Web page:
Tennis elbow and golfer’s elbow are the typical names given to elbow pain; tennis being pain on the outside of the elbow and golf being pain on the inside of the elbow. The more technical term is lateral epicondylitis which simply indicates tendonitis in a specific location. Putting a name to elbow pain doesn’t really help you get rid of it, but understanding why it happens and where it comes from will.
Tendons are the tough bit of tissue that attaches muscle to bones, and tendonitis literally means inflammation of the tendon. This term can be misleading when it comes to elbow pain because many people have pain that persists for months in the complete absence of swelling and inflammation. That is because elbow pain is not just an overuse injury. It happens when the muscles being used are in an irritable state due to a nerve irritation stemming from your neck and shoulder. Nerves are the electrical wiring of muscles and when they are irritated, it doesn’t take much to overuse the muscles and tendons that they innervate, resulting in inflammation and pain. If you rest the joint, the body will heal the inflammation, but the nerve irritation may persist and thus the inflammation and pain will return as soon as you attempt to use your arm again.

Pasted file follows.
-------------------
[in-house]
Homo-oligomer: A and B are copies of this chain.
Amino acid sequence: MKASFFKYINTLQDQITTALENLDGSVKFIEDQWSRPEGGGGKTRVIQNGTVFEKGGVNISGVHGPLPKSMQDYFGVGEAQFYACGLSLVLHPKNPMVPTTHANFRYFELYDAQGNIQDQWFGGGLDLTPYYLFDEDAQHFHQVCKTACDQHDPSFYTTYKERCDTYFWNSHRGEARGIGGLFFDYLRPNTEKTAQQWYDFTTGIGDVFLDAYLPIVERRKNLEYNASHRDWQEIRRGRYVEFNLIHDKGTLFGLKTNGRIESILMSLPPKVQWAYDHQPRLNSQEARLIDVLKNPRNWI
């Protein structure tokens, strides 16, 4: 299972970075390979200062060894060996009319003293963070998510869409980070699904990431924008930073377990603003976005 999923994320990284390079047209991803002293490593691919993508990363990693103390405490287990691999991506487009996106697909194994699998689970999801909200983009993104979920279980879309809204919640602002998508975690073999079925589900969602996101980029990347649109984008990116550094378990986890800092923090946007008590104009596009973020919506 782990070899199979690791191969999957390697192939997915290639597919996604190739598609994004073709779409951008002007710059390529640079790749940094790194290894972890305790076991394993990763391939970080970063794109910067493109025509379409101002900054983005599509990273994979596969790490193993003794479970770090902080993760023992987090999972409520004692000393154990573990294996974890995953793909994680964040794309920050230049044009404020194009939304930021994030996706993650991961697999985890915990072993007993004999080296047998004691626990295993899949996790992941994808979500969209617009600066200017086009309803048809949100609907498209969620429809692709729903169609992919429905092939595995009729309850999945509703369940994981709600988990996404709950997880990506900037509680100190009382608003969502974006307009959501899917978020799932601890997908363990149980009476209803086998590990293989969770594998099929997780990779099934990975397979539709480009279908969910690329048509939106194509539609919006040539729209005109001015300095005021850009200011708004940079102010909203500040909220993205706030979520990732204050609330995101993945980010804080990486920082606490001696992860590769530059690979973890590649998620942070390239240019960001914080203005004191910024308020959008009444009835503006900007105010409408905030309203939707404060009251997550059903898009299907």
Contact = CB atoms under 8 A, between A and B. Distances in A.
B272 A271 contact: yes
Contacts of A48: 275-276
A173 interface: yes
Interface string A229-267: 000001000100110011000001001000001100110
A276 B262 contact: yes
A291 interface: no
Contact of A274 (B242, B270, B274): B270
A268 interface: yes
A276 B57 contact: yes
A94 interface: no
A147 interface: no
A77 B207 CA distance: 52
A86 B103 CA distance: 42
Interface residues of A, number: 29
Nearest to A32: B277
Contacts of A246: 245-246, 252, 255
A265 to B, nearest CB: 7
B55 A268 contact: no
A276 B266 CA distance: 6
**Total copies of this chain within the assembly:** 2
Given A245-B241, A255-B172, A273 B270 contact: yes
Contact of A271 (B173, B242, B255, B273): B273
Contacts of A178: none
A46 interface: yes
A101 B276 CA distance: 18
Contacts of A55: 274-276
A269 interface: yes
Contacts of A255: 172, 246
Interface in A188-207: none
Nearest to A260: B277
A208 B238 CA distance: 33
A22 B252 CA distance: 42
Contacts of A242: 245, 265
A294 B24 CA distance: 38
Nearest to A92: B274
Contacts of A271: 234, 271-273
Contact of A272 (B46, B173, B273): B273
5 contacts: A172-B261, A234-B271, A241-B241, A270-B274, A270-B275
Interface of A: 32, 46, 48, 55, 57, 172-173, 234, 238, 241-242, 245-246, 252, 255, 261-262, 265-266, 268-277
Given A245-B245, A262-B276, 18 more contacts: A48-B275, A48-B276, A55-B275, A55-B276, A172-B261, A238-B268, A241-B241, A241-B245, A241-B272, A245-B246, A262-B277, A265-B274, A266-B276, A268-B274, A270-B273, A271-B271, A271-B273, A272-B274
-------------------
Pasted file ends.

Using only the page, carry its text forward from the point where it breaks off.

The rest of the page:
Radial nerve extends from base of neck, through shoulder, down to elbow
Muscles are comprised of a whole bunch of stringy tissue that can stretch and contract. The muscle should have a certain amount of resting tone in it, i.e. at rest it is slightly contracted, not flaccid or extremely tense; this is dictated by the input of the nerve. If the nerve is irritated as it extends from the spine, or anywhere in the periphery it will result in an altered signal getting to the muscle. Read More